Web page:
I have a friend in need

I have a friend in need

I have a coworker who put in an offer on a house about 30 days ago. We are located in the Portland Oregon area. He told his realtor what he wanted to do and his realtor accepted and signed off on it. The realtor then submitted the offer to the home owner who excepted the offer within 30 min. They did what they needed to do and now 30 days later they still have not closed and he does not have any information on what, when or why it is being held up. He is afraid that they are holding it up again to avoid the 4.8% interest rate that he was told he would get.

Here is the question my coworker has. I guess this is kind of in two parts, hope it makes since.

Is it normal to take up to, or more than 30 days right now to close? This is the Portland Oregon area, or are they possibly stalling it so they don’t have to give him the lower rate?

If stalling is the case, what type of action can he take to resolve this issue?

He is trying to get this at 4.8% which is what he was told they would do. This is actually the 2nd house he has put an offer on and was accepted. He is working with a different bank this time.

On the first house the bank messed around and came back to him and said we can not do this for the lower interest rate we told you due to it has been 30 days or so and now we are going to have to ask you for more. I don’t know the exact numbers on this myself but it was almost 2% higher if I remember correctly which would bring the payments to an amount he could not afford. He had also put down $2000.00 earnest money. On this fist transaction he said forget it I'm not taking the higher rate, you told me it would be lower! By turning down the higher interest rate he also said he lost his earnest money even though when he made the offer he was quoted the lower interest rate.

Is this normal or should he have got back the earnest money?

Any input would be great.


I hope you all are having as much fun as I am and good luck!

Have a great day!


Earnest money

That is a great question, remember that when involved in a real estate transaction, you must understand the contract and all contingencies. Generally in a real estate contract (when working with realtors and professional contracts)your contingencies have time limits - they are only good for so long. So if your friend had a 30 day contract he probably had a 15 day financing contingency. This contingency would state that he would attempt to obtain financing at his terms and if he was unable to get his terms or financing all together then he could cancel the contract and recieve his money back as long as he was within his 15 day period. Accompanying his cancellation would be a denial letter from a lending institution.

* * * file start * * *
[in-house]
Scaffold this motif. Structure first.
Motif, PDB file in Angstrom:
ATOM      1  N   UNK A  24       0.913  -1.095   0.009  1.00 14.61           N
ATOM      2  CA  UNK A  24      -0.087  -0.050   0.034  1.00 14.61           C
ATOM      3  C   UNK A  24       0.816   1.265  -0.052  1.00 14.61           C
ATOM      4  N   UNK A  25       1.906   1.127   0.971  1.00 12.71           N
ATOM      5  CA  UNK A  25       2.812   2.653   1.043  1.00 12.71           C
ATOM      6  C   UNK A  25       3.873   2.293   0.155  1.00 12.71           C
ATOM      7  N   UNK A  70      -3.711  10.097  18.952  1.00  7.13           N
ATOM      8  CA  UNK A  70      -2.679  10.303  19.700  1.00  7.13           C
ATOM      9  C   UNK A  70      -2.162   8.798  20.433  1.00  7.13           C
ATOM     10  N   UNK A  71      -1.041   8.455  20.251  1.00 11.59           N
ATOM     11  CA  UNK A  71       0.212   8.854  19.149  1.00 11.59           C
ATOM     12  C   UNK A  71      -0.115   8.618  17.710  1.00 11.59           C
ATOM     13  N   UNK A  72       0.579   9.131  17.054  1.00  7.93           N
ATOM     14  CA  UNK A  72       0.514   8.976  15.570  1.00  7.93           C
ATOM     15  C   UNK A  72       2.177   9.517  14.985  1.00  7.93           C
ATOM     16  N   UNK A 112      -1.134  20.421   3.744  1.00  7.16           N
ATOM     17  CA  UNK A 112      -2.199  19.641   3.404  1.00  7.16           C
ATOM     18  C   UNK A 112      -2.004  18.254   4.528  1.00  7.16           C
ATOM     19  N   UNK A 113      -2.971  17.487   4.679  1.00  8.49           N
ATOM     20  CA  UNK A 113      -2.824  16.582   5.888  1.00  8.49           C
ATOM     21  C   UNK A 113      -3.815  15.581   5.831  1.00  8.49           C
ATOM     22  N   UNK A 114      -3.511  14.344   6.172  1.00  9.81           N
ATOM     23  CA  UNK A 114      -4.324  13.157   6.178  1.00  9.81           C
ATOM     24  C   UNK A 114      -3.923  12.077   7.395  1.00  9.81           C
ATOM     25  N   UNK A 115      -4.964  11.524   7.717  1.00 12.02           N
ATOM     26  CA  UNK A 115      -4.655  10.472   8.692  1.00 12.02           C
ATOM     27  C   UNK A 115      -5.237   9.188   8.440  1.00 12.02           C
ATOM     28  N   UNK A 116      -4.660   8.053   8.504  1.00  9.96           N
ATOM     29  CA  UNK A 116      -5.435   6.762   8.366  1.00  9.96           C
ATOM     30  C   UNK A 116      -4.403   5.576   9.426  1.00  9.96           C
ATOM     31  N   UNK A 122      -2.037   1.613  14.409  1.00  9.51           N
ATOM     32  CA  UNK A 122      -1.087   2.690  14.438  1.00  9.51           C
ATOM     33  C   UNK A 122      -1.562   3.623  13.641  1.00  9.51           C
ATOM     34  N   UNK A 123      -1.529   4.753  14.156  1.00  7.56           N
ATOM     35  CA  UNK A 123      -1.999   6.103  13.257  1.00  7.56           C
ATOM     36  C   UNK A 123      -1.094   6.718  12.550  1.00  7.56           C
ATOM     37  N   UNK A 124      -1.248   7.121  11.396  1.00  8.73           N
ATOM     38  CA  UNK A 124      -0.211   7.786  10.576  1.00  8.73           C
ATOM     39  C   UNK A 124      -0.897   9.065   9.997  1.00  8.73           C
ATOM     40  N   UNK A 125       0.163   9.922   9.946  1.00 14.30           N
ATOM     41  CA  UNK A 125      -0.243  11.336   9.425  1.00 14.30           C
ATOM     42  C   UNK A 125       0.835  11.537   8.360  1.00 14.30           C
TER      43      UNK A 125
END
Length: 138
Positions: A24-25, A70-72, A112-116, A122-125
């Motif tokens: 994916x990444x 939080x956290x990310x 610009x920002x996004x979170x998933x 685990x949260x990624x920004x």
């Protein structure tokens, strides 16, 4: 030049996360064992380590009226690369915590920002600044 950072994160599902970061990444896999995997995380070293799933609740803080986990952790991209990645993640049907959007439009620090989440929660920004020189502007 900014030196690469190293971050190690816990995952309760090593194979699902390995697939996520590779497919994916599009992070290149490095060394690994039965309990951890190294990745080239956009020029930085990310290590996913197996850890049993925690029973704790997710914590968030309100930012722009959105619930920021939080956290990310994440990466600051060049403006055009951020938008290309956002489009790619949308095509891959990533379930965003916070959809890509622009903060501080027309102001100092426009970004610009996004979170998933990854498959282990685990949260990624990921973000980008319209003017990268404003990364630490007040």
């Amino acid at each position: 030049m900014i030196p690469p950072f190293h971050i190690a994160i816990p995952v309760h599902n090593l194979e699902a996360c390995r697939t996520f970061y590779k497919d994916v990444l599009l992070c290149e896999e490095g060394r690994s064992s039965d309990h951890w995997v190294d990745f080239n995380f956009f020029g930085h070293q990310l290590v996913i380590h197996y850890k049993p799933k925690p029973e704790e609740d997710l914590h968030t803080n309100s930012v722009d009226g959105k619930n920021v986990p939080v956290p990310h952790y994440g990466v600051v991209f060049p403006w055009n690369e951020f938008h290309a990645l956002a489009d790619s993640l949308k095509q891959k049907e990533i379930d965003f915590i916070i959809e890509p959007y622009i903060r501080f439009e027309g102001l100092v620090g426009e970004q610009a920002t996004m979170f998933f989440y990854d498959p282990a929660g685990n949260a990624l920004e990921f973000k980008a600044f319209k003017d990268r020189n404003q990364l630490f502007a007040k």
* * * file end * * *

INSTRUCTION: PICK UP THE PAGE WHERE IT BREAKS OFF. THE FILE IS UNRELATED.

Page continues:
It appears through your post that he was actually approved but the lender failed to perform, ultimately it is the buyers responsiblity to obtain financing or work with an approved lender that has a good reputation. After their contingency period is exhausted they are stating that they are following through with the contract and at that point their earnest money is at risk.

Personally, I have always protected my clients that I work with in having their financing contingency extend to the date of closing. If you are in need of financing to purchase a property, that is the safest way to protect your earnest money. The realtor should have explained that the earnest money would be at risk near the end of the contingency period, and had them check in with their lender. At that point, they would have to make the decision if they wanted to continue onward with the deal or not.

My recommendation would be to find another realtor that can operate as a buyers agent, ensure that they help you, educate you and protect you. Second find an established lender that comes with recommendations. Ensure that you are preapproved financially with them prior to placing an offer, make sure that they understand all of the timelines in the contract - never leave your responsiblities in a contract for someone else.

This particular buyer can appeal to the good nature of the seller and beg for their money back, trying to explain that they tried to operate in good faith - but remember that earnest money is for this case in particular. If a buyer does not live up to the contract the earnest money is to compenstate the seller for the time their home was off the market. I hope that this information helps!


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Well Explained salden

That's one good direct to the point explanation courtesy of salden. Buying a property could sometimes (if not most of the time) complicated. I was also told that whatever rate was presented on the GFE (Good Faith Estimate) and you're already satisfied, try your best to Lock the rate right away with the lender, 30 or 45 days. I'm not sure but this is also an advice given to me by somebody. LA


Everytime you repeat the words "I CAN DO IT" with conviction, you cancel or override your fear and increase your confidence. By repeating this affirmation over and over, you can eventually build your courage and confidence to the point where you are unafraid. -Brian Tracy-